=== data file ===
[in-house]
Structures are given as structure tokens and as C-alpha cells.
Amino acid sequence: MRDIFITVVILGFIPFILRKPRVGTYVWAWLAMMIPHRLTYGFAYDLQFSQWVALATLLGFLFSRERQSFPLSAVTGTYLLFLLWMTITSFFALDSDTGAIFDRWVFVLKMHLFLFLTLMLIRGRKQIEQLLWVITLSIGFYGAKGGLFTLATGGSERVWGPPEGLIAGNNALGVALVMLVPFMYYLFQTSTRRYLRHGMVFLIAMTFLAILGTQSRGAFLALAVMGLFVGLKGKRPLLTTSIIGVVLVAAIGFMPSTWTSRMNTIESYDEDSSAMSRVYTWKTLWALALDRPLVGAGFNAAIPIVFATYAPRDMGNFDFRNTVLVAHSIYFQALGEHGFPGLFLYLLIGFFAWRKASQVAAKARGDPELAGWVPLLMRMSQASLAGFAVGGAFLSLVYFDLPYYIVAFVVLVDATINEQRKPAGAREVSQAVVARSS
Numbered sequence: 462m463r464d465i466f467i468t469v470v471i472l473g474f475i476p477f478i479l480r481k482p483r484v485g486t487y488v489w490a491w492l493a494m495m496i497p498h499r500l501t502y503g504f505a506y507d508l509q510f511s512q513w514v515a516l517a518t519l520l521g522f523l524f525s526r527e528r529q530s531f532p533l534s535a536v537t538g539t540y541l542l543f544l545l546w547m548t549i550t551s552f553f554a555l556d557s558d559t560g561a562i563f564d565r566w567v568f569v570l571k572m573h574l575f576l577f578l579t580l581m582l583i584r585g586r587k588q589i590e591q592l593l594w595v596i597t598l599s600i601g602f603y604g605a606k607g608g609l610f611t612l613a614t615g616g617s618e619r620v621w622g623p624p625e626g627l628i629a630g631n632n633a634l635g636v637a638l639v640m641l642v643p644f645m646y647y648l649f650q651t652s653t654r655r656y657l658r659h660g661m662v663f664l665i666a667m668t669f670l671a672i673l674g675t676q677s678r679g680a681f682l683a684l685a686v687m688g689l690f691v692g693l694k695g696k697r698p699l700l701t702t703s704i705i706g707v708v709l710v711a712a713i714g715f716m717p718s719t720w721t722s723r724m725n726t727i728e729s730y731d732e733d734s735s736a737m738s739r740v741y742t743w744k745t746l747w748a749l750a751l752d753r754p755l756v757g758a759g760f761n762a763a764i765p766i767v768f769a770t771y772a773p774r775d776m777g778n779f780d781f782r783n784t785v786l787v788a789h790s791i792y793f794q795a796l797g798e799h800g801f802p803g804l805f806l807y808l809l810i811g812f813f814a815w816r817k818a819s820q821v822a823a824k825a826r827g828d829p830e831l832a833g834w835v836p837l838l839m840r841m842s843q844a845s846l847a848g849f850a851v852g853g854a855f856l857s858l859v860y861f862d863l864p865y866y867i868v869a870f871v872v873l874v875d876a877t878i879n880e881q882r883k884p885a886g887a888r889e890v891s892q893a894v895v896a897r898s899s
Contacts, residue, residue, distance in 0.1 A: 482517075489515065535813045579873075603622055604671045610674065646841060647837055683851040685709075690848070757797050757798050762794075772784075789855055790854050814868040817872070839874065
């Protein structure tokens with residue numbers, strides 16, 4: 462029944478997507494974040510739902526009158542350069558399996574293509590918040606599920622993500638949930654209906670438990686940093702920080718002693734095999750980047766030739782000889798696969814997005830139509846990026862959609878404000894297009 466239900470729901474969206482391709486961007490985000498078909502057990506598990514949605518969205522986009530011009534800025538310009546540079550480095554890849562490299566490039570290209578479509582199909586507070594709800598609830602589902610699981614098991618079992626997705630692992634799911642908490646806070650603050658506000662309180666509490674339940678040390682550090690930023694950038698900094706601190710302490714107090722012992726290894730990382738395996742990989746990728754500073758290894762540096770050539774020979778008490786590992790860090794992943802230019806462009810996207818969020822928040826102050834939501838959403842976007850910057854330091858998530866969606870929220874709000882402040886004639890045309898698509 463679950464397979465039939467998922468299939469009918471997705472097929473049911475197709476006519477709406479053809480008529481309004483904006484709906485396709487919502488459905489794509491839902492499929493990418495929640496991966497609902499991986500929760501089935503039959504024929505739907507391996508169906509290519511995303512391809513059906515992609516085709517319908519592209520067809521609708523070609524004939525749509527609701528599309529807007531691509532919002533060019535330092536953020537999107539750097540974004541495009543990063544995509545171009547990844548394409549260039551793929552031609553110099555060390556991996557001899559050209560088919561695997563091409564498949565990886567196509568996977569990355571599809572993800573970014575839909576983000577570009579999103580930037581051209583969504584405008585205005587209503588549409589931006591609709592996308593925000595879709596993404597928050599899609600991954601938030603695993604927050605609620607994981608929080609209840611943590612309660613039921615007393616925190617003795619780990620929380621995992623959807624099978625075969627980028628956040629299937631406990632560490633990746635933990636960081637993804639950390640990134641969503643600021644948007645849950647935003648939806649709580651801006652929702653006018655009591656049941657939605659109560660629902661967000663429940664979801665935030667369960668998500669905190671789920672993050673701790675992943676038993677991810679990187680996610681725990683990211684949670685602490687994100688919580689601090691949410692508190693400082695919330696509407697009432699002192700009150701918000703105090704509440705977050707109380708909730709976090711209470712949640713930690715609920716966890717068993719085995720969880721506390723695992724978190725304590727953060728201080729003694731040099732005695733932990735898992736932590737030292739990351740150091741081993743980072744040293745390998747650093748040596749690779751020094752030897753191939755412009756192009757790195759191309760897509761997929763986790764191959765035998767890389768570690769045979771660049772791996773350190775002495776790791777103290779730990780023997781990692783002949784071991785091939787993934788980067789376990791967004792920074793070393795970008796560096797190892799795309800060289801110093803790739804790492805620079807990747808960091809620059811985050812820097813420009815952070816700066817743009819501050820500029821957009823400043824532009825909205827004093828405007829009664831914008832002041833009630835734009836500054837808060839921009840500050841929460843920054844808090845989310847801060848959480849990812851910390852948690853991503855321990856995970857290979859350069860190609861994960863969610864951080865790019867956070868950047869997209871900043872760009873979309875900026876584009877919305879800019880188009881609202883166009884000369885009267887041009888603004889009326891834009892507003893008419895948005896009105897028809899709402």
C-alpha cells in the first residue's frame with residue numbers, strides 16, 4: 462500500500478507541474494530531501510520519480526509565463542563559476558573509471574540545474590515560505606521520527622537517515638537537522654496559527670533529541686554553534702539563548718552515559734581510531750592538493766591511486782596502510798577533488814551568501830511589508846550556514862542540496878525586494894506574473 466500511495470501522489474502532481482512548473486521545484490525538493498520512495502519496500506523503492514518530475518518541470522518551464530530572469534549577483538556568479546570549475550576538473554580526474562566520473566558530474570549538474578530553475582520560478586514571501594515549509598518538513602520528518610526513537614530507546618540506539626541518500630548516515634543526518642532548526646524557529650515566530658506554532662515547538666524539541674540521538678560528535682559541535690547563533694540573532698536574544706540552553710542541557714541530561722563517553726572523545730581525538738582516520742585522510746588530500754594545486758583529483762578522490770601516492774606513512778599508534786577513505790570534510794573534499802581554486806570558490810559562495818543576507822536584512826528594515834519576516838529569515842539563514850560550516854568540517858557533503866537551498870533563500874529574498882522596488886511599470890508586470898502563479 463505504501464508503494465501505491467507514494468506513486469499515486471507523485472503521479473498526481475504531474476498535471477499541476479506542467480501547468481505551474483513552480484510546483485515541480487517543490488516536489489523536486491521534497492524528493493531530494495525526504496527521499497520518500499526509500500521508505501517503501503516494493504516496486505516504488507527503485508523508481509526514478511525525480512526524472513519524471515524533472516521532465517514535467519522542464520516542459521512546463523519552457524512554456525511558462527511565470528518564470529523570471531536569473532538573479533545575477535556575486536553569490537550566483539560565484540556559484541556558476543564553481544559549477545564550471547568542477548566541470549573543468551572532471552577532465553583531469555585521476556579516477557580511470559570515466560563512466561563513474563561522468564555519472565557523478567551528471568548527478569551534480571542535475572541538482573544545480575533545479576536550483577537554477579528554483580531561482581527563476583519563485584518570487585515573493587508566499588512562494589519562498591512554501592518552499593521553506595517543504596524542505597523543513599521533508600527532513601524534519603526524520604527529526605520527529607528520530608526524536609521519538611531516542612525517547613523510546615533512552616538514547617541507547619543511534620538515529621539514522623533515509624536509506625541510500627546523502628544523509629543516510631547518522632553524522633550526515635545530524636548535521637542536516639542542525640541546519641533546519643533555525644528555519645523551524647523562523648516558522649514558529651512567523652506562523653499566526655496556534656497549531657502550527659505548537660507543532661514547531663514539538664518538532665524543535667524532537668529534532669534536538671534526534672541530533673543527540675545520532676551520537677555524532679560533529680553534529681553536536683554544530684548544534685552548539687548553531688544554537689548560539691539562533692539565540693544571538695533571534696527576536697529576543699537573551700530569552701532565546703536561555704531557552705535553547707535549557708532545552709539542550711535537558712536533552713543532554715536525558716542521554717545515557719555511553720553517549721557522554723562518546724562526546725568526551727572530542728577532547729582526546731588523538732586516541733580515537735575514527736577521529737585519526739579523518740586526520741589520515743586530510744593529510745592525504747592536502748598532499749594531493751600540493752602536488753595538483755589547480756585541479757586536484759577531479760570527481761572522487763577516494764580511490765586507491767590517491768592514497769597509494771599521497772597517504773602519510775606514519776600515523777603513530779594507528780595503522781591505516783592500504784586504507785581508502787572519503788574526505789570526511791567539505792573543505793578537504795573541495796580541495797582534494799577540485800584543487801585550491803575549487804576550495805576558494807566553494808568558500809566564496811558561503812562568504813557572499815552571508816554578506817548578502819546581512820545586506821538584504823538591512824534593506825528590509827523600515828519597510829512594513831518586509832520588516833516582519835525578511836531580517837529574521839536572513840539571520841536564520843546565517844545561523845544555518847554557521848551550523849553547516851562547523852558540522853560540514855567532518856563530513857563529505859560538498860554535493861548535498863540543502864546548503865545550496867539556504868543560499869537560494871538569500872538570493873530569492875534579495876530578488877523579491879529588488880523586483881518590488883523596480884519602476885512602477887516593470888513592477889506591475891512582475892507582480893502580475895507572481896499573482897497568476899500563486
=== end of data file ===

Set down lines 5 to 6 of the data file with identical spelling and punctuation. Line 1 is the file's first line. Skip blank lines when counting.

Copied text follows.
Contacts, residue, residue, distance in 0.1 A: 482517075489515065535813045579873075603622055604671045610674065646841060647837055683851040685709075690848070757797050757798050762794075772784075789855055790854050814868040817872070839874065
């Protein structure tokens with residue numbers, strides 16, 4: 462029944478997507494974040510739902526009158542350069558399996574293509590918040606599920622993500638949930654209906670438990686940093702920080718002693734095999750980047766030739782000889798696969814997005830139509846990026862959609878404000894297009 466239900470729901474969206482391709486961007490985000498078909502057990506598990514949605518969205522986009530011009534800025538310009546540079550480095554890849562490299566490039570290209578479509582199909586507070594709800598609830602589902610699981614098991618079992626997705630692992634799911642908490646806070650603050658506000662309180666509490674339940678040390682550090690930023694950038698900094706601190710302490714107090722012992726290894730990382738395996742990989746990728754500073758290894762540096770050539774020979778008490786590992790860090794992943802230019806462009810996207818969020822928040826102050834939501838959403842976007850910057854330091858998530866969606870929220874709000882402040886004639890045309898698509 463679950464397979465039939467998922468299939469009918471997705472097929473049911475197709476006519477709406479053809480008529481309004483904006484709906485396709487919502488459905489794509491839902492499929493990418495929640496991966497609902499991986500929760501089935503039959504024929505739907507391996508169906509290519511995303512391809513059906515992609516085709517319908519592209520067809521609708523070609524004939525749509527609701528599309529807007531691509532919002533060019535330092536953020537999107539750097540974004541495009543990063544995509545171009547990844548394409549260039551793929552031609553110099555060390556991996557001899559050209560088919561695997563091409564498949565990886567196509568996977569990355571599809572993800573970014575839909576983000577570009579999103580930037581051209583969504584405008585205005587209503588549409589931006591609709592996308593925000595879709596993404597928050599899609600991954601938030603695993604927050605609620607994981608929080609209840611943590612309660613039921615007393616925190617003795619780990620929380621995992623959807624099978625075969627980028628956040629299937631406990632560490633990746635933990636960081637993804639950390640990134641969503643600021644948007645849950647935003648939806649709580651801006652929702653006018655009591656049941657939605659109560660629902661967000663429940664979801665935030667369960668998500669905190671789920672993050673701790675992943676038993677991810679990187680996610681725990683990211684949670685602490687994100688919580689601090691949410692508190693400082695919330696509407697009432699002192700009150701918000703105090704509440705977050707109380708909730709976090711209470712949640713930690715609920716966890717068993719085995720969880721506390723695992724978190725304590727953060728201080729003694731040099732005695733932990735898992736932590737030292739990351740150091741081993743980072744040293745390998747650093748040596749690779751020094752030897753191939755412009756192009757790195759191309760897509761997929763986790764191959765035998767890389768570690769045979771660049772791996773350190775002495776790791777103290779730990780023997781990692783002949784071991785091939787993934788980067789376990791967004792920074793070393795970008796560096797190892799795309800060289801110093803790739804790492805620079807990747808960091809620059811985050812820097813420009815952070816700066817743009819501050820500029821957009823400043824532009825909205827004093828405007829009664831914008832002041833009630835734009836500054837808060839921009840500050841929460843920054844808090845989310847801060848959480849990812851910390852948690853991503855321990856995970857290979859350069860190609861994960863969610864951080865790019867956070868950047869997209871900043872760009873979309875900026876584009877919305879800019880188009881609202883166009884000369885009267887041009888603004889009326891834009892507003893008419895948005896009105897028809899709402």